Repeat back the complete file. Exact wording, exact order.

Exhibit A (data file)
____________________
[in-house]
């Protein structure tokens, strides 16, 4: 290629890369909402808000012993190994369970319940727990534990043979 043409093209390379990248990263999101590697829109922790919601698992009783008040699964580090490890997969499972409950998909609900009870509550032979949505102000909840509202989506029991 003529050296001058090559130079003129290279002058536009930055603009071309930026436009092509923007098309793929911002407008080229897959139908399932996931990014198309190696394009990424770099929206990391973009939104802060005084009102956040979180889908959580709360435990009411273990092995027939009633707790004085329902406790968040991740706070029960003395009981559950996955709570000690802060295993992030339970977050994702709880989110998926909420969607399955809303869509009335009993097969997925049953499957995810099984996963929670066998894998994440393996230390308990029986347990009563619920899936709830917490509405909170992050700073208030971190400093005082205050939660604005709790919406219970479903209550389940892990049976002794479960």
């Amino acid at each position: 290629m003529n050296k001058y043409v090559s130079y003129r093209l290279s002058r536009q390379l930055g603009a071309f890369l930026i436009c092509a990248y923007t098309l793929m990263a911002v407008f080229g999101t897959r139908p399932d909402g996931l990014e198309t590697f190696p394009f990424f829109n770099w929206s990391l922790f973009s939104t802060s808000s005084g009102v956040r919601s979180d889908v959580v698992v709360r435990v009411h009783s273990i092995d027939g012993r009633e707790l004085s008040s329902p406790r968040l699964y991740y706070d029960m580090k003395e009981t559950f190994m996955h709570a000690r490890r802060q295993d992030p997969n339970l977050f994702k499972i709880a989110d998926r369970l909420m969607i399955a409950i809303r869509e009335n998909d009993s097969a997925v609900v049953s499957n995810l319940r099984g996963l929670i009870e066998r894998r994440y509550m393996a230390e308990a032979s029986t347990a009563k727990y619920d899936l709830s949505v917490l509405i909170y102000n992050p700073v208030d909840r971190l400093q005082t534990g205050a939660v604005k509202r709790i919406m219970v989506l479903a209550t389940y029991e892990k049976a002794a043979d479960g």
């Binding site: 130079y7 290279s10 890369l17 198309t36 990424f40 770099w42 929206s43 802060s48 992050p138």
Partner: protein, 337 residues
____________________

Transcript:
[in-house]
């Protein structure tokens, strides 16, 4: 290629890369909402808000012993190994369970319940727990534990043979 043409093209390379990248990263999101590697829109922790919601698992009783008040699964580090490890997969499972409950998909609900009870509550032979949505102000909840509202989506029991 003529050296001058090559130079003129290279002058536009930055603009071309930026436009092509923007098309793929911002407008080229897959139908399932996931990014198309190696394009990424770099929206990391973009939104802060005084009102956040979180889908959580709360435990009411273990092995027939009633707790004085329902406790968040991740706070029960003395009981559950996955709570000690802060295993992030339970977050994702709880989110998926909420969607399955809303869509009335009993097969997925049953499957995810099984996963929670066998894998994440393996230390308990029986347990009563619920899936709830917490509405909170992050700073208030971190400093005082205050939660604005709790919406219970479903209550389940892990049976002794479960």
């Amino acid at each position: 290629m003529n050296k001058y043409v090559s130079y003129r093209l290279s002058r536009q390379l930055g603009a071309f890369l930026i436009c092509a990248y923007t098309l793929m990263a911002v407008f080229g999101t897959r139908p399932d909402g996931l990014e198309t590697f190696p394009f990424f829109n770099w929206s990391l922790f973009s939104t802060s808000s005084g009102v956040r919601s979180d889908v959580v698992v709360r435990v009411h009783s273990i092995d027939g012993r009633e707790l004085s008040s329902p406790r968040l699964y991740y706070d029960m580090k003395e009981t559950f190994m996955h709570a000690r490890r802060q295993d992030p997969n339970l977050f994702k499972i709880a989110d998926r369970l909420m969607i399955a409950i809303r869509e009335n998909d009993s097969a997925v609900v049953s499957n995810l319940r099984g996963l929670i009870e066998r894998r994440y509550m393996a230390e308990a032979s029986t347990a009563k727990y619920d899936l709830s949505v917490l509405i909170y102000n992050p700073v208030d909840r971190l400093q005082t534990g205050a939660v604005k509202r709790i919406m219970v989506l479903a209550t389940y029991e892990k049976a002794a043979d479960g």
């Binding site: 130079y7 290279s10 890369l17 198309t36 990424f40 770099w42 929206s43 802060s48 992050p138």
Partner: protein, 337 residues